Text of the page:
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Guest Post: Eco-Alternatives to Harmful Fabrics

by LiveModern Webmaster last modified Jul 03, 2012 11:55 AM
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by GBE FACTS last modified Jul 02, 2012

According to the Organic Trade Association, “cotton covers 2.5 percent of the world’s cultivated land yet uses 16 percent of the world’s insecticides, more than any other single major crop.” The reason behind this is cotton must be grown in mass, with thousands of acres devoted only to cotton crop. This kind of monoculture is more susceptible to diseases, because with millions of genetically similar crops in close proximity, if a disease hits one, it can quickly destroy the entire population. To minimize this phenomenon, farmers enter into the “chemical treadmill,” in which they layer numerous different pesticides.




 

 

When shopping for clothes, we typically consider the color, texture and price of a particular fabric before making a selection. One concern we don’t seem to address is the fabric’s environmental impact during production.

Steam cotton compress, somewhere in Louisiana. Taken with Olympus OM2s on Kodak 200 speed professional film using a Zuiko 28mm lens. This apparatus stood about thirty feet high, the tank pictured here was the steam chamber at the top of the steam ram. This device would have used steam generated by a nearby boiler(not there) to ram loose cotton into a square bale for shipment north to the fabric mills.

The Problem: Cotton

While cotton is often advertised as earthy and pure (think Fruit of the Loom), our most popularly used fabric is also the most detrimental to our environment. Cotton has been called the world’s “dirtiest” crop. Its production requires insane quantities of some of the most hazardous pesticides to human, animal, air, water, and soil health.

According to the Organic Trade Association, “cotton covers 2.5 percent of the world’s cultivated land yet uses 16 percent of the world’s insecticides, more than any other single major crop.” The reason behind this is cotton must be grown in mass, with thousands of acres devoted only to cotton crop. This kind of monoculture is more susceptible to diseases, because with millions of genetically similar crops in close proximity, if a disease hits one, it can quickly destroy the entire population. To minimize this phenomenon, farmers enter into the “chemical treadmill,” in which they layer numerous different pesticides.

The Alternative: Organic Cotton

Organic cotton is held up to strict federal regulations in terms of how it is grown and its environmental impact. This eco-conscious cotton is grown with biological diversity in mind to cut down on pesticides and synthetic fertilizers. Organic production systems protect surrounding soil, thereby protecting surrounding air, water, and overall environment.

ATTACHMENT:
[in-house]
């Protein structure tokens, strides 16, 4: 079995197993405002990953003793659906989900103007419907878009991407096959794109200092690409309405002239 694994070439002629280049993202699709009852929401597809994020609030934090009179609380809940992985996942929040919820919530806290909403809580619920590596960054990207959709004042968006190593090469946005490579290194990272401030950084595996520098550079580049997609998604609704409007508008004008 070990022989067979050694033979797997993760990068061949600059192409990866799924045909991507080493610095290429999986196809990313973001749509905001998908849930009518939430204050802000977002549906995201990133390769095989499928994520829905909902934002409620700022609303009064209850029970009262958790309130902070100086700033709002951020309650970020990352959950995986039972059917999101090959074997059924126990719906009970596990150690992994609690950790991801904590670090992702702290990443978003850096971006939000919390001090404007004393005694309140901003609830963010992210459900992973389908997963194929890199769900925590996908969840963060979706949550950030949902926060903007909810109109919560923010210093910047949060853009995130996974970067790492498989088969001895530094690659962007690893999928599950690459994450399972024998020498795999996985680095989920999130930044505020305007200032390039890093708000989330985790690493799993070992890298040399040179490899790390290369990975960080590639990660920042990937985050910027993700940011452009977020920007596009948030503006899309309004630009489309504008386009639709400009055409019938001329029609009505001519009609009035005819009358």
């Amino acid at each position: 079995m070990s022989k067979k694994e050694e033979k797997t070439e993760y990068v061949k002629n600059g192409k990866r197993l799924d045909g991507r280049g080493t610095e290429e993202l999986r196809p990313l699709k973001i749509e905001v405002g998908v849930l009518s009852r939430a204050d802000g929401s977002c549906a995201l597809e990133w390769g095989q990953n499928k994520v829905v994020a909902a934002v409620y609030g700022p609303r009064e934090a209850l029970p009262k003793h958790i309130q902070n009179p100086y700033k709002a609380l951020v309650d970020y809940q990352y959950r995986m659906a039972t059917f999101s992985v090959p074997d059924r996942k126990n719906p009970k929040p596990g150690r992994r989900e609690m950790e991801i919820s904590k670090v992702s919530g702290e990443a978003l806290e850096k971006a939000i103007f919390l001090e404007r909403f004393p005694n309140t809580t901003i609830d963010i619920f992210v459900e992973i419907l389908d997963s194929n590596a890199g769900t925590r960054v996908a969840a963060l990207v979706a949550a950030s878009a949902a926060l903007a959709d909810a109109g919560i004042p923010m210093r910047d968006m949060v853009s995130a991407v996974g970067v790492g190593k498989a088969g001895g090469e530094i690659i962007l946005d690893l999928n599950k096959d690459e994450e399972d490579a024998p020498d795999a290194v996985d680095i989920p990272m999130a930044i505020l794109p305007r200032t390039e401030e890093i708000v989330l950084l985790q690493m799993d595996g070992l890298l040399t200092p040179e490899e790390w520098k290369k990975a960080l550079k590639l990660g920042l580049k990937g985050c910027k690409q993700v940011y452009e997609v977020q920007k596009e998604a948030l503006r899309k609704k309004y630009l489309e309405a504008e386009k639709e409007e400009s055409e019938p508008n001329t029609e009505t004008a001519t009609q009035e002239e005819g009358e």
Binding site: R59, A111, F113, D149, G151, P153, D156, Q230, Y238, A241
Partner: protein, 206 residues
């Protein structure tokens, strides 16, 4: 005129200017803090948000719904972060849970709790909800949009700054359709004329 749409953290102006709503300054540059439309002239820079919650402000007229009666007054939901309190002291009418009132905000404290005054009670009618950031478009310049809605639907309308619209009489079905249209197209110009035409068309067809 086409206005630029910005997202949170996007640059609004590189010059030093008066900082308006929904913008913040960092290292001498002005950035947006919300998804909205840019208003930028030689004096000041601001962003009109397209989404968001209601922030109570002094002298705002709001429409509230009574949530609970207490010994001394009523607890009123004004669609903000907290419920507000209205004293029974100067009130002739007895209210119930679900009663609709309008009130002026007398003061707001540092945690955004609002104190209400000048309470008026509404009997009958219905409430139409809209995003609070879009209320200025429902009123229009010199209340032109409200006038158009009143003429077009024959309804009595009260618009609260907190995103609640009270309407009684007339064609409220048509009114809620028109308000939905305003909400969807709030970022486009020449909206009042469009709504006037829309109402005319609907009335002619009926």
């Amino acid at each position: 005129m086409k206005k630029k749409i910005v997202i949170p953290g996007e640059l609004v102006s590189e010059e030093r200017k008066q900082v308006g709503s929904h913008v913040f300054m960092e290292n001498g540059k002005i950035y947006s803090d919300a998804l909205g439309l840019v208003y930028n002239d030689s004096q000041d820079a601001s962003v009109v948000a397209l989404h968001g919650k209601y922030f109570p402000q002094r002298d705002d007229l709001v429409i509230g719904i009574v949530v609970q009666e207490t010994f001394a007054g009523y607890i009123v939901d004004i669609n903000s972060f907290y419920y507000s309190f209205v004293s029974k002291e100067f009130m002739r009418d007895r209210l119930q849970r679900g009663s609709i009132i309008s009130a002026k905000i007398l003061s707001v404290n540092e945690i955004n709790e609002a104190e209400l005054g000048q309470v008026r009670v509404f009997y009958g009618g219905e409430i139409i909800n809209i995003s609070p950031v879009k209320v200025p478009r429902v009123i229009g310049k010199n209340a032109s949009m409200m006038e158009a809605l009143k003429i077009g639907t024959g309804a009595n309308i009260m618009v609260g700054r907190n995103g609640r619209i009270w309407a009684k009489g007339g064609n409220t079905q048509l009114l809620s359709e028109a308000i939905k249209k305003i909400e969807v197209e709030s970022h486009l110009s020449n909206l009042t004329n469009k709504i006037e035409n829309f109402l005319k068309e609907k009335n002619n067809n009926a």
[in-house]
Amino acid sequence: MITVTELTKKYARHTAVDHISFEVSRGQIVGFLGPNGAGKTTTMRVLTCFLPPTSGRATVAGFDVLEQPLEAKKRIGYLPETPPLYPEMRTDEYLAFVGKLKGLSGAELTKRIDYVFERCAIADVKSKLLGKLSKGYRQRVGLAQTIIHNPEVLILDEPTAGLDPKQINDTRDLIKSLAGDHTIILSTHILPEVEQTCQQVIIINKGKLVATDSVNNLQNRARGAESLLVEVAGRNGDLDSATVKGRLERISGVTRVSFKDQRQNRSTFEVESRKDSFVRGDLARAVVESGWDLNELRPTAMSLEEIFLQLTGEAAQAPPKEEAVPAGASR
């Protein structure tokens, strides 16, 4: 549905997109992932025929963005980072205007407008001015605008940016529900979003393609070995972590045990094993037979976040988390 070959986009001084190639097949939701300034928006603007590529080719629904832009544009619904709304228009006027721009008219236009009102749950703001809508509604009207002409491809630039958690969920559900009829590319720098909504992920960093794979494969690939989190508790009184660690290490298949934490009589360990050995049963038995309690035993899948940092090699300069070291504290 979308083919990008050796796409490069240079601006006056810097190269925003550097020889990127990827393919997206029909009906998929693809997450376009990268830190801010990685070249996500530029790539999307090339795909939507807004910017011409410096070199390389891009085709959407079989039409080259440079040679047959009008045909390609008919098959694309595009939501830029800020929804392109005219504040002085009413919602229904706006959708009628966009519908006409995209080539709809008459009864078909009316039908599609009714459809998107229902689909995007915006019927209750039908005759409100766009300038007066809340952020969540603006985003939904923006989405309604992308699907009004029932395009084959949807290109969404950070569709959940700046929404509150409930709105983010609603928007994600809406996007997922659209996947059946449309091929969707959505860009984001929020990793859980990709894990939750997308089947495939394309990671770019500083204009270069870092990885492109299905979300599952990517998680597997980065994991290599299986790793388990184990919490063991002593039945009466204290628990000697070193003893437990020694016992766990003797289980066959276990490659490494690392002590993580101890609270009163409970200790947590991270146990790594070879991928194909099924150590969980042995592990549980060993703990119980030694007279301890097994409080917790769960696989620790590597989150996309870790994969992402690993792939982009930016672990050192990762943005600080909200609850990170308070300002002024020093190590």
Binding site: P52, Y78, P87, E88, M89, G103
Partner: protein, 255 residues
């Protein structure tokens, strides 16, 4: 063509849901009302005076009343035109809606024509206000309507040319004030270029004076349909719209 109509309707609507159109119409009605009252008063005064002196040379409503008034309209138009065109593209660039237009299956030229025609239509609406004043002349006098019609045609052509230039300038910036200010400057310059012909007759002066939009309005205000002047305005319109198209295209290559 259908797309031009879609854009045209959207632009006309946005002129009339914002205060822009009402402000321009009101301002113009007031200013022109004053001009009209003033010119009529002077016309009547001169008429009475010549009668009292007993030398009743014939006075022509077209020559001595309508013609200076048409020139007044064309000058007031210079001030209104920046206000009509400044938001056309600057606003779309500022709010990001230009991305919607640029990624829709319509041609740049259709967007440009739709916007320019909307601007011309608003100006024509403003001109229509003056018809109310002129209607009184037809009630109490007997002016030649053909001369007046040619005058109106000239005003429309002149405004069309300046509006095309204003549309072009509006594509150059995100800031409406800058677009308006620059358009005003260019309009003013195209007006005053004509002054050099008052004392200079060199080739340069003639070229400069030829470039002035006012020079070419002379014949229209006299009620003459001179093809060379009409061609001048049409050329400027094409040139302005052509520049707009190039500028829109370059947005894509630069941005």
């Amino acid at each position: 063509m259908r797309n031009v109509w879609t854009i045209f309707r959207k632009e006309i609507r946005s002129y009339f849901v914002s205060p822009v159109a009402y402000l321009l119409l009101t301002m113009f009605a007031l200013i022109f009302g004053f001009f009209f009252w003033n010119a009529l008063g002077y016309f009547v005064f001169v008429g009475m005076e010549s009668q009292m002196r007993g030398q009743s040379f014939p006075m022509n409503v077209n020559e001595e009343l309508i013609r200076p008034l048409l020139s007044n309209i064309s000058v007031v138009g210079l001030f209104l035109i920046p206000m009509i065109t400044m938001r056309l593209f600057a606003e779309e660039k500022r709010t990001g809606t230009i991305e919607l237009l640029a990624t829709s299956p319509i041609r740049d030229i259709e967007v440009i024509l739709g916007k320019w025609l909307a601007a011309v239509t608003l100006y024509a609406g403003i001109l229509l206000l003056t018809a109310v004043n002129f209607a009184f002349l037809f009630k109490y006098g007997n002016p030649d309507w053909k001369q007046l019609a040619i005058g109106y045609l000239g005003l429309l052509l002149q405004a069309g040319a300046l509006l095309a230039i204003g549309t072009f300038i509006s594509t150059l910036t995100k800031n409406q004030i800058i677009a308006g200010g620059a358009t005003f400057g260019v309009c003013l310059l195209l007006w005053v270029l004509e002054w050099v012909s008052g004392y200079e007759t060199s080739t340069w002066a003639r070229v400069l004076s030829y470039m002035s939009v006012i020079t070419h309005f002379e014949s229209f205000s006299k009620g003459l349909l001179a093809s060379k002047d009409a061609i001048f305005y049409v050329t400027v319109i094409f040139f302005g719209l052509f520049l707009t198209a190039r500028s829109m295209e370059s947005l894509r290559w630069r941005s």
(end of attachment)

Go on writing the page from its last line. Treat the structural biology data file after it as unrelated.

The Problem: Imported Fabrics

In response to the negative environmental impact of many fabric production processes, The U.S. Environmental Protection Agency (EPA) has instituted a number of laws for regulating textile production. The Emergency Planning and Community Right-to-Know Act of 1986 demands that manufacturers provide thorough information pertaining to cancer-causing chemicals let off by their facilities to their neighboring communities. The Clean Air Act of 1970 regulates emission standards across the textile industry by screening companies for pollutants. Unfortunately, a lot of the major textile producers around the world, particularly China, are not following these same standards.

For example, in 2006 The EPA ruled against the flame retardant chemicals, PentaBDE and OctaBDE (two subsets of harmful polybrominated diphenylethers (PBDEs), which were regularly used in flame retardant fabrics. The EPA was concerned that these PBDE’s were not only harmful for the environment, but affected both human reproductive and neurological systems. PBDEs were linked to deficits in motor skills, learning, memory, and hearing for both adults and children. To this day, traces of the banned chemicals have been found in the environment and in human beings and are thought to trace back to imported articles. To avoid these chemicals, it is best to stick to domestically manufactured fabrics. For example, Chicago-based flame resistant fabric manufacturer, Westex, is required to adhere to EPA regulations while international manufacturers do not.

Lynn Maleh is a graduate of University of Southern California’s Master of Professional Writing program. She regularly blogs on a variety of topics, including urban sustainability, green initiatives, and eco-friendly lifestyles.

Photo: tinkerbrad

 

 



 

 

 
 
 

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